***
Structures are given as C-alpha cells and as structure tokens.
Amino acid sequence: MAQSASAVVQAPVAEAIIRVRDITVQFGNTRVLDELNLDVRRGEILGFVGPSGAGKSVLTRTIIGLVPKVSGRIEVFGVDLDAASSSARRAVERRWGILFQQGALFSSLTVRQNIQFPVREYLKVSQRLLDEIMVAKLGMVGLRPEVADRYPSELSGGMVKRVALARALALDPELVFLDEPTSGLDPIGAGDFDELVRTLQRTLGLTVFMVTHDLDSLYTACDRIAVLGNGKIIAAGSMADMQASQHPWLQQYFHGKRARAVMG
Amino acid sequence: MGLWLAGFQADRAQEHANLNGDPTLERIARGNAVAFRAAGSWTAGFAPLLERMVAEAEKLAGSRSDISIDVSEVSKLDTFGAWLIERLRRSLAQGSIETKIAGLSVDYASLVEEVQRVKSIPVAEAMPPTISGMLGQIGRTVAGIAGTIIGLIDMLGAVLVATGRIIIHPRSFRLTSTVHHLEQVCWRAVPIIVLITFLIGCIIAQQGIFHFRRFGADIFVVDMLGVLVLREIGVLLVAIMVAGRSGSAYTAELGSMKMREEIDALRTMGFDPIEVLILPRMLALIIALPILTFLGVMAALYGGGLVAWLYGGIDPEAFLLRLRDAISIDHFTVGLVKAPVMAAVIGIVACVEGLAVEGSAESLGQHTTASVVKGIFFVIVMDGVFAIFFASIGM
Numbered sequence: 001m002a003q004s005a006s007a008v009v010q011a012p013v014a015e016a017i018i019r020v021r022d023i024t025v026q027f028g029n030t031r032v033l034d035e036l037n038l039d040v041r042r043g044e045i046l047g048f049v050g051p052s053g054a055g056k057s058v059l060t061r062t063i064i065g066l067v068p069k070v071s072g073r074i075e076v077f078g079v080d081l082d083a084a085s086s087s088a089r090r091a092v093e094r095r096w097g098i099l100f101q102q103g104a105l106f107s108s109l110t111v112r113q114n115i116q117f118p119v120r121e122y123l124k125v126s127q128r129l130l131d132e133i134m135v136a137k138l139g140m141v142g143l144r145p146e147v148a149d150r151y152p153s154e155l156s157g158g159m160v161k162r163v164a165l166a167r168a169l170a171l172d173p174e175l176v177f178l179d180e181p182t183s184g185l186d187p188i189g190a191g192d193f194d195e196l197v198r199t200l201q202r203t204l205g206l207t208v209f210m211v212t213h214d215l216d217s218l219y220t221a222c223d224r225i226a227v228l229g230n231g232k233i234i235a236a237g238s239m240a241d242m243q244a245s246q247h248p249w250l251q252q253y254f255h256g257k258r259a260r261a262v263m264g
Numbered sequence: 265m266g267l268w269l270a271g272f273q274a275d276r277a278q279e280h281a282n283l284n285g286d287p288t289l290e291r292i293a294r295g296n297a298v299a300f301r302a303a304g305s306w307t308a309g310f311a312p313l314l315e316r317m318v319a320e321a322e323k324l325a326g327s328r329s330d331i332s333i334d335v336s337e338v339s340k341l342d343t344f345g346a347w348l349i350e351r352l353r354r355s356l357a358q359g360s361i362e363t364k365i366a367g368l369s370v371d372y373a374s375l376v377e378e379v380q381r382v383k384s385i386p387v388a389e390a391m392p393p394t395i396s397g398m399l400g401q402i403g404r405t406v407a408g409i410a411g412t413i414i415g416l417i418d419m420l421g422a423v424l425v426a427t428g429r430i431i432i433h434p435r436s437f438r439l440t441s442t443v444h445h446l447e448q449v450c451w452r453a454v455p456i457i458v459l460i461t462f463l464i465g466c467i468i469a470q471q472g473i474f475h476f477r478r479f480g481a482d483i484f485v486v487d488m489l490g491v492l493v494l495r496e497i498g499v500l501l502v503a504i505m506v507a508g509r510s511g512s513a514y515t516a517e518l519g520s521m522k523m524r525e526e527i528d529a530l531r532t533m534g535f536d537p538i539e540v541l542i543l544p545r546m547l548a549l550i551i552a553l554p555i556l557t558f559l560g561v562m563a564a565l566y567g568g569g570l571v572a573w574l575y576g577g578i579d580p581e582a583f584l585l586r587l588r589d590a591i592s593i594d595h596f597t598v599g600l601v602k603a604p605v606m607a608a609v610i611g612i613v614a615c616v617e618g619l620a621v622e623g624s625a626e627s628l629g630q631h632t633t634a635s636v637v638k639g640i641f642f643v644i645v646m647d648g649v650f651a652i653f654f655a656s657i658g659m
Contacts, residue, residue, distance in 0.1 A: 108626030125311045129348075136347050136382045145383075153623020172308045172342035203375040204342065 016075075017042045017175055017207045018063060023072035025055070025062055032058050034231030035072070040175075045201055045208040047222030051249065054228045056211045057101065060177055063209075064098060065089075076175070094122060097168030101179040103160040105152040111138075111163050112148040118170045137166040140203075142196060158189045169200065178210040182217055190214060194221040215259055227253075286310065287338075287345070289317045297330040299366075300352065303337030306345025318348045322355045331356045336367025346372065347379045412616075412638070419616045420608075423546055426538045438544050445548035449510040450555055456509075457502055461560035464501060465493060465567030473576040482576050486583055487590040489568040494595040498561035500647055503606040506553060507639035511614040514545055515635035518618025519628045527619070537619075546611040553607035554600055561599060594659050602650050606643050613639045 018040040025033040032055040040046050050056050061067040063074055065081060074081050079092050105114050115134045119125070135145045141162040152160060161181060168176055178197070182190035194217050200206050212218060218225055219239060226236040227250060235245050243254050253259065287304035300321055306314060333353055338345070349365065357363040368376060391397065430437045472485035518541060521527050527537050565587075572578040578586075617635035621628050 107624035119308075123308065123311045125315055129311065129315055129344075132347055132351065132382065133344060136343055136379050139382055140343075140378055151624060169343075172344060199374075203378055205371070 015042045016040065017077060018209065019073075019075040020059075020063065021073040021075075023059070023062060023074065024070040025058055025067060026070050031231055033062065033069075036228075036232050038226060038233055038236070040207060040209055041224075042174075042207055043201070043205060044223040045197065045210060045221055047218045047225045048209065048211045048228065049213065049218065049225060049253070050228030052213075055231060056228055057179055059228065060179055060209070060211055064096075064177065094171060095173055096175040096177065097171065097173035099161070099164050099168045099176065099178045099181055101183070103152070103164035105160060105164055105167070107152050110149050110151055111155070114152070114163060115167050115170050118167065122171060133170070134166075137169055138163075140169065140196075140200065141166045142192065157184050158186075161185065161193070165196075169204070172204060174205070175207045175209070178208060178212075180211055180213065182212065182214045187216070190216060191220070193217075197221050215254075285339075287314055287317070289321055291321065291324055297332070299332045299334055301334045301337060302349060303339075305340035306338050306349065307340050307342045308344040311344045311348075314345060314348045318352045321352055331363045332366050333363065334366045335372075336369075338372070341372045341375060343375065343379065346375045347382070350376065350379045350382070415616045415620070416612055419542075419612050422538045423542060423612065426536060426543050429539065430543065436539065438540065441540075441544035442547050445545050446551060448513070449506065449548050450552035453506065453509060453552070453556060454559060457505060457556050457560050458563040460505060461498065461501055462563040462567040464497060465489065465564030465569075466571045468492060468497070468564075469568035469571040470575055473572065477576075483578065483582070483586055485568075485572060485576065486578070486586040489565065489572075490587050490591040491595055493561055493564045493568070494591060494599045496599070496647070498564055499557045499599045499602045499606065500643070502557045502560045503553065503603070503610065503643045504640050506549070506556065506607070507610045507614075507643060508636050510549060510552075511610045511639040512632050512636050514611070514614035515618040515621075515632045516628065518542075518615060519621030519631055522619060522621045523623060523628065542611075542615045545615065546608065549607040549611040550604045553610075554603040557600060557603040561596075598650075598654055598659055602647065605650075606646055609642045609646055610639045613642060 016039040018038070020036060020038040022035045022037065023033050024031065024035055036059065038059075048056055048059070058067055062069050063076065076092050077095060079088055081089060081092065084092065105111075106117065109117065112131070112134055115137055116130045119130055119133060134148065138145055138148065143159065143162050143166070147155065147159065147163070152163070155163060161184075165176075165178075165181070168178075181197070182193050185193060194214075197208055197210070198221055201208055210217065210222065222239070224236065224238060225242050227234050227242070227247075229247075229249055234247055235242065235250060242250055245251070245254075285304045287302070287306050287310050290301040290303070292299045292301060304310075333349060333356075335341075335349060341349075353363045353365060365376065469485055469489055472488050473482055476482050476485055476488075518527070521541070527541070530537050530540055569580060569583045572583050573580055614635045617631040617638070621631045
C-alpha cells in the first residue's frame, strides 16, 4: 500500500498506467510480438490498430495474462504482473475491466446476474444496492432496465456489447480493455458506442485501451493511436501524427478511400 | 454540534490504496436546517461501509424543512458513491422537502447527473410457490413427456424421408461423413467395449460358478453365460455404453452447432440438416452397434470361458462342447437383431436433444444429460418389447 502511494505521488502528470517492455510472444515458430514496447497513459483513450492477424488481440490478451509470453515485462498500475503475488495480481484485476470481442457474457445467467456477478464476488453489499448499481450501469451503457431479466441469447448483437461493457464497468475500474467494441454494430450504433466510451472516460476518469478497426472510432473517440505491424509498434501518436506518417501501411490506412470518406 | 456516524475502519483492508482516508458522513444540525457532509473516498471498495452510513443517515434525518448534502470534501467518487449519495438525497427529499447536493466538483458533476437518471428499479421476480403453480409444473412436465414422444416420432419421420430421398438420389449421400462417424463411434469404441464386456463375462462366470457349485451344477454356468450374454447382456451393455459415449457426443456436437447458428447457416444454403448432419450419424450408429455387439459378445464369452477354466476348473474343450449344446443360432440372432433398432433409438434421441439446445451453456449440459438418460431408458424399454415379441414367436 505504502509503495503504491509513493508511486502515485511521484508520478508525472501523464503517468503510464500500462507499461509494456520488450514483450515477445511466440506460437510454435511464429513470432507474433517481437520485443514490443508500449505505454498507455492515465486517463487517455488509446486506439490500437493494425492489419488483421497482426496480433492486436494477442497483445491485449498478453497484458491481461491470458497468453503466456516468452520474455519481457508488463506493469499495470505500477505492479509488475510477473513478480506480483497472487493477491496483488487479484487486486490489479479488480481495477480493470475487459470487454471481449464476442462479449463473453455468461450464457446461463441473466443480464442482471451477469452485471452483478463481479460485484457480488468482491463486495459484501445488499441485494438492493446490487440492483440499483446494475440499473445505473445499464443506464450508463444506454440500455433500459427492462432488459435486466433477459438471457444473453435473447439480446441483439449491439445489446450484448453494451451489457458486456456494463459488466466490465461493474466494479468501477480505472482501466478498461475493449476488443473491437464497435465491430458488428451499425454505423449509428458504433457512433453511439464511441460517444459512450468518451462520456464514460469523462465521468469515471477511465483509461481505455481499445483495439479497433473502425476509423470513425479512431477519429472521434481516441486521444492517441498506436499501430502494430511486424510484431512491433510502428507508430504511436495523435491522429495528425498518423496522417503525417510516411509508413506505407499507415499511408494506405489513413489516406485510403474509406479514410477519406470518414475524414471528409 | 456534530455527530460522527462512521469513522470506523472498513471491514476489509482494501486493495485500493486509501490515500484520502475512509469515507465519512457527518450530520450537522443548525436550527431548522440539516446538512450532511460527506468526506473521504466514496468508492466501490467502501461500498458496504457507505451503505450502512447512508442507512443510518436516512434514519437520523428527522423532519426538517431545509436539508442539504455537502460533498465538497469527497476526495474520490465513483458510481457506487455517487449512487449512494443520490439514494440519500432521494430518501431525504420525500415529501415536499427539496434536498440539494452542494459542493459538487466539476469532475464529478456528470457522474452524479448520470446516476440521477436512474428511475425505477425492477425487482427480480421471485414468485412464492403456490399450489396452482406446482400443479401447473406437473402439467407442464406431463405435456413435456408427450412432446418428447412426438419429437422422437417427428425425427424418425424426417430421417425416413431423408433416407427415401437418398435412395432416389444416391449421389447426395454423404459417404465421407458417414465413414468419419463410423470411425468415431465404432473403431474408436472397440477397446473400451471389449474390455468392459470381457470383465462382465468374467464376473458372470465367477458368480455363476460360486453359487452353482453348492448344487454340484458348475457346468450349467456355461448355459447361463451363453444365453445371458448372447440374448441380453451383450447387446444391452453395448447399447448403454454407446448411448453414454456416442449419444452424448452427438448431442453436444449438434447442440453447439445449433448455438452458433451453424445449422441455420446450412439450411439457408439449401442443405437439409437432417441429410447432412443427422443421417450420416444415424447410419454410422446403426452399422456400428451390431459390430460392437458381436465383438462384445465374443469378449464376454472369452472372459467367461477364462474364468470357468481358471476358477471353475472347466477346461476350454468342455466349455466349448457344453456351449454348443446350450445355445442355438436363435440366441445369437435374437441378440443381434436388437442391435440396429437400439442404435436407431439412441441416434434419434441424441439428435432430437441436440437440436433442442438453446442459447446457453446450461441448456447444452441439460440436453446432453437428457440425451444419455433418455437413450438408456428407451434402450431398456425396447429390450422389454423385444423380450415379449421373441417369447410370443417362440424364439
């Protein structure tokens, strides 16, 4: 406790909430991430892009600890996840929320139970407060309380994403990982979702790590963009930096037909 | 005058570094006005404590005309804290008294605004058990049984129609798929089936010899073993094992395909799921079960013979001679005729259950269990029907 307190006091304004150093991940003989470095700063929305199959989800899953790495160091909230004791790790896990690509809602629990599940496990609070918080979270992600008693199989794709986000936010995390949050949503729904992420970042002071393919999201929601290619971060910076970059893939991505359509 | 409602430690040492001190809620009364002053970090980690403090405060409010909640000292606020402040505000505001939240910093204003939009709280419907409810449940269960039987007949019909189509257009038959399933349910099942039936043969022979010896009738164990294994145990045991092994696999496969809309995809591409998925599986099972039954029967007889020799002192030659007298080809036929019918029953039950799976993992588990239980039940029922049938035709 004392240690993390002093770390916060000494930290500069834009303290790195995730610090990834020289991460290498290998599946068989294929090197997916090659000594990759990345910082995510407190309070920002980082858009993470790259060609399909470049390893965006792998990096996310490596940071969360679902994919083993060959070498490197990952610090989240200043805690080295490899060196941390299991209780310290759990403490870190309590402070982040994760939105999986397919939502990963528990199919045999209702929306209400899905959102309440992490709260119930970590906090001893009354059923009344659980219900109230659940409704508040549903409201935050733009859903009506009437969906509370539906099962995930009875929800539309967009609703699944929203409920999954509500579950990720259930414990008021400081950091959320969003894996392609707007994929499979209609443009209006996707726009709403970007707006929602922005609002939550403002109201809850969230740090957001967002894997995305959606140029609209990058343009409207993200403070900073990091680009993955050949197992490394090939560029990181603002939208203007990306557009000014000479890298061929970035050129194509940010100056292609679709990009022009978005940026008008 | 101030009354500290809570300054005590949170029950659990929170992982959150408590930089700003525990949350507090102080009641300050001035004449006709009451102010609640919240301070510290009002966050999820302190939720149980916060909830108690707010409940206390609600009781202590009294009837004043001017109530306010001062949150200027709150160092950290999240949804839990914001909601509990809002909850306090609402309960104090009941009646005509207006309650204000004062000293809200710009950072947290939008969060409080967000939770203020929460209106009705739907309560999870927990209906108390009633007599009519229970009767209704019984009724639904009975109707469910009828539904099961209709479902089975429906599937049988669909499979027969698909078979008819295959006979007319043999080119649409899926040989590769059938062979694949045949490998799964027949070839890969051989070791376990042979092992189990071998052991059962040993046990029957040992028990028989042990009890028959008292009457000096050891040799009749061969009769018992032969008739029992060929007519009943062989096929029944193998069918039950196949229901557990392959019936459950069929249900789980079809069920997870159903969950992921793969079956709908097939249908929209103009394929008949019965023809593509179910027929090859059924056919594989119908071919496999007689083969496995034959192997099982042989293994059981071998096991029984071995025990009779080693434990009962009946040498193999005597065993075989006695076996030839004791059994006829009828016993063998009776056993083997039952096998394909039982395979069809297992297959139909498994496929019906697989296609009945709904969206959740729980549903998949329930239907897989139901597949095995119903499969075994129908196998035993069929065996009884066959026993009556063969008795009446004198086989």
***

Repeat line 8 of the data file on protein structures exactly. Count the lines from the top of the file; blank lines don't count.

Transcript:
């Protein structure tokens, strides 16, 4: 406790909430991430892009600890996840929320139970407060309380994403990982979702790590963009930096037909 | 005058570094006005404590005309804290008294605004058990049984129609798929089936010899073993094992395909799921079960013979001679005729259950269990029907 307190006091304004150093991940003989470095700063929305199959989800899953790495160091909230004791790790896990690509809602629990599940496990609070918080979270992600008693199989794709986000936010995390949050949503729904992420970042002071393919999201929601290619971060910076970059893939991505359509 | 409602430690040492001190809620009364002053970090980690403090405060409010909640000292606020402040505000505001939240910093204003939009709280419907409810449940269960039987007949019909189509257009038959399933349910099942039936043969022979010896009738164990294994145990045991092994696999496969809309995809591409998925599986099972039954029967007889020799002192030659007298080809036929019918029953039950799976993992588990239980039940029922049938035709 004392240690993390002093770390916060000494930290500069834009303290790195995730610090990834020289991460290498290998599946068989294929090197997916090659000594990759990345910082995510407190309070920002980082858009993470790259060609399909470049390893965006792998990096996310490596940071969360679902994919083993060959070498490197990952610090989240200043805690080295490899060196941390299991209780310290759990403490870190309590402070982040994760939105999986397919939502990963528990199919045999209702929306209400899905959102309440992490709260119930970590906090001893009354059923009344659980219900109230659940409704508040549903409201935050733009859903009506009437969906509370539906099962995930009875929800539309967009609703699944929203409920999954509500579950990720259930414990008021400081950091959320969003894996392609707007994929499979209609443009209006996707726009709403970007707006929602922005609002939550403002109201809850969230740090957001967002894997995305959606140029609209990058343009409207993200403070900073990091680009993955050949197992490394090939560029990181603002939208203007990306557009000014000479890298061929970035050129194509940010100056292609679709990009022009978005940026008008 | 101030009354500290809570300054005590949170029950659990929170992982959150408590930089700003525990949350507090102080009641300050001035004449006709009451102010609640919240301070510290009002966050999820302190939720149980916060909830108690707010409940206390609600009781202590009294009837004043001017109530306010001062949150200027709150160092950290999240949804839990914001909601509990809002909850306090609402309960104090009941009646005509207006309650204000004062000293809200710009950072947290939008969060409080967000939770203020929460209106009705739907309560999870927990209906108390009633007599009519229970009767209704019984009724639904009975109707469910009828539904099961209709479902089975429906599937049988669909499979027969698909078979008819295959006979007319043999080119649409899926040989590769059938062979694949045949490998799964027949070839890969051989070791376990042979092992189990071998052991059962040993046990029957040992028990028989042990009890028959008292009457000096050891040799009749061969009769018992032969008739029992060929007519009943062989096929029944193998069918039950196949229901557990392959019936459950069929249900789980079809069920997870159903969950992921793969079956709908097939249908929209103009394929008949019965023809593509179910027929090859059924056919594989119908071919496999007689083969496995034959192997099982042989293994059981071998096991029984071995025990009779080693434990009962009946040498193999005597065993075989006695076996030839004791059994006829009828016993063998009776056993083997039952096998394909039982395979069809297992297959139909498994496929019906697989296609009945709904969206959740729980549903998949329930239907897989139901597949095995119903499969075994129908196998035993069929065996009884066959026993009556063969008795009446004198086989």